One mail came in today saying that “If you buy from my affiliate link, I’ll give you an audio seminar, loaded into an MP3 player… for free!”

Then… seconds later another came in, and I literally burst into laughter as I read these paragraphs:

… Some of these bonuses might fall into what I classify as the “crap stack”.

…This refers to a stack of useless bonuses that have absolutely no relation to the product itself. Some people try to impress you with the sheer volume of bonuses (crap) that you get. Not me.

Heh. Ouch.

Getting a paid autoresponder is not about looking good

Yesterday, I sent out an email using my regular Ms Outlook email client, using an email account hooked up with my webhost provider… To my surprise, today I received a bounce back from my friend’s Yahoo email address, with this:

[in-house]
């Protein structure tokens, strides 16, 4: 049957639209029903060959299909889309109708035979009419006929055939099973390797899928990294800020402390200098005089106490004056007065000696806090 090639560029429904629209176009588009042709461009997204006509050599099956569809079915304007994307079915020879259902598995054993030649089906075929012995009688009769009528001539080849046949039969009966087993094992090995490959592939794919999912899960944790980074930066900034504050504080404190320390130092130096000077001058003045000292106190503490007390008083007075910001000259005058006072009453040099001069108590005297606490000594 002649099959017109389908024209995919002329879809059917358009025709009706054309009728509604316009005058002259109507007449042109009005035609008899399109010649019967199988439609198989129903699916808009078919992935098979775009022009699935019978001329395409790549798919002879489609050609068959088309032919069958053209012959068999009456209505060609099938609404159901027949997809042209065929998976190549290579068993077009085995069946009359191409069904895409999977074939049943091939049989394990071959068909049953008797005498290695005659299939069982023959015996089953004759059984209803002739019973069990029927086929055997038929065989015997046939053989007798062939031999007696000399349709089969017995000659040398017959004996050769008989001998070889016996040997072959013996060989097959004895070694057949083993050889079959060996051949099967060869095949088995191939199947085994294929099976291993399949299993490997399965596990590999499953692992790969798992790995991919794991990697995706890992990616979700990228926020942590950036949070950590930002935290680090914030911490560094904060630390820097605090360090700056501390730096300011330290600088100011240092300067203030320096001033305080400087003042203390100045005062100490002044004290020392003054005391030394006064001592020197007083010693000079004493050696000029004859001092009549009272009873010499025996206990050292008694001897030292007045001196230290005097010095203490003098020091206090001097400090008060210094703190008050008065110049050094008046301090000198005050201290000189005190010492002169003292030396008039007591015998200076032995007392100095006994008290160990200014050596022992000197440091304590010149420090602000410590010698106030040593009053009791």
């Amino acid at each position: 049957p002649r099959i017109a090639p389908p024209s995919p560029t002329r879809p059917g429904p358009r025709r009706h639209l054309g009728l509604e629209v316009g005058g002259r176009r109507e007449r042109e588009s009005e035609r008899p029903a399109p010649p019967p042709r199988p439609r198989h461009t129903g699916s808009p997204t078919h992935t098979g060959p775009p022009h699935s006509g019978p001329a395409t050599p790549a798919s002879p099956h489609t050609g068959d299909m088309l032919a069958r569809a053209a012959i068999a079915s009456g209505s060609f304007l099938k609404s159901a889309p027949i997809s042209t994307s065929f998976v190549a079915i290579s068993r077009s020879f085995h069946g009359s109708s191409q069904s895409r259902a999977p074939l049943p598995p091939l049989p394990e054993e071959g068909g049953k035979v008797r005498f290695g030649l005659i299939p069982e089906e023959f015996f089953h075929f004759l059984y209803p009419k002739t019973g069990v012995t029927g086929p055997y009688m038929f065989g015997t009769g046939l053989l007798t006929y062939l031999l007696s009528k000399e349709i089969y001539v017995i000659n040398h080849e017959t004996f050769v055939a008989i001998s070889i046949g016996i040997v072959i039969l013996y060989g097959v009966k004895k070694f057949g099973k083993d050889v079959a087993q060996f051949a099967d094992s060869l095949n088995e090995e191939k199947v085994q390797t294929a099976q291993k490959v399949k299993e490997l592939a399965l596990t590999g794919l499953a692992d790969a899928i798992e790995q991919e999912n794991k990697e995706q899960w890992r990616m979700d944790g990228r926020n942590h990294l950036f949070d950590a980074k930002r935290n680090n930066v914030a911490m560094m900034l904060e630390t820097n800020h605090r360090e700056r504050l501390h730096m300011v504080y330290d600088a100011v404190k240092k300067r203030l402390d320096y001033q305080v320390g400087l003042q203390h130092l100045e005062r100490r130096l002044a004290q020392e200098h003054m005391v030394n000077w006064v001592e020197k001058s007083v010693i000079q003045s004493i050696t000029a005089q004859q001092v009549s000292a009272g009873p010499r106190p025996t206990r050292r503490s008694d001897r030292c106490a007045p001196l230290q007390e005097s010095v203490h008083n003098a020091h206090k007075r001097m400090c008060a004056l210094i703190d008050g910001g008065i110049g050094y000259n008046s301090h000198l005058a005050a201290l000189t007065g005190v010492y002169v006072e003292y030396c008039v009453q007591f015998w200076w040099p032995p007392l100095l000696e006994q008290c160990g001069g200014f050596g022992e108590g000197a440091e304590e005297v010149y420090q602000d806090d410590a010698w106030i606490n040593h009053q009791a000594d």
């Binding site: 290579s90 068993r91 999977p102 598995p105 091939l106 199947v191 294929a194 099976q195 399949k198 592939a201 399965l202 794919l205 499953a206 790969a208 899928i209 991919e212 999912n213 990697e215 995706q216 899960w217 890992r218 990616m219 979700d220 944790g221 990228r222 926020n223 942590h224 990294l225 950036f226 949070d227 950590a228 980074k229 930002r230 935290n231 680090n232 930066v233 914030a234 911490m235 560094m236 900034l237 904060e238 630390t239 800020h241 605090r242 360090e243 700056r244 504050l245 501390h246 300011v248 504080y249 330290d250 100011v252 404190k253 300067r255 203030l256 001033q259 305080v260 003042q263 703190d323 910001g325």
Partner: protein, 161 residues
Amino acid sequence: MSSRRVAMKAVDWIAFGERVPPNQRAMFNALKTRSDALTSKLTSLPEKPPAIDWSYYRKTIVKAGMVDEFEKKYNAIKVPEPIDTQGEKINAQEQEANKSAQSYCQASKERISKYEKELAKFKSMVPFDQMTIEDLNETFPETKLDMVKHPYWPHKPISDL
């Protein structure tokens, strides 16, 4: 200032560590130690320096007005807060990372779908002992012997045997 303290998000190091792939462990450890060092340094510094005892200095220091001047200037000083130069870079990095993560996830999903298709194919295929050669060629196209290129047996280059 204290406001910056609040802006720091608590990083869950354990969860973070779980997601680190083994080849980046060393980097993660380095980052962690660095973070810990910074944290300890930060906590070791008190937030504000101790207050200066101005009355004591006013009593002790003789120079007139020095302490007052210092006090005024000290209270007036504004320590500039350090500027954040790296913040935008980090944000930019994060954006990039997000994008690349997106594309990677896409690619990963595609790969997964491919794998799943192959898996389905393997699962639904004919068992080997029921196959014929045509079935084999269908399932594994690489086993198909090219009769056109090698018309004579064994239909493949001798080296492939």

Email Deferred

Basically, I am using a shared web hosting, and that means that there are probably hundreds or thousands of users around the world using the same server with the same IP address.

… and someone with an account has been very naughty – sending mass unsolicited mail, which triggered Yahoo to defer mails from the particular IP.

It was lucky for me, because it is not a business email. But that emphasises the need for marketers to use professional email marketing services like AWeber or GetResponse. Because companies like these pay a lot of attention to having their server IPs in the white list in many ISPs, so that your mails get delivered.

Imagine how much money could potentially be lost if you have used your own web host IP to mail out your marketing messages?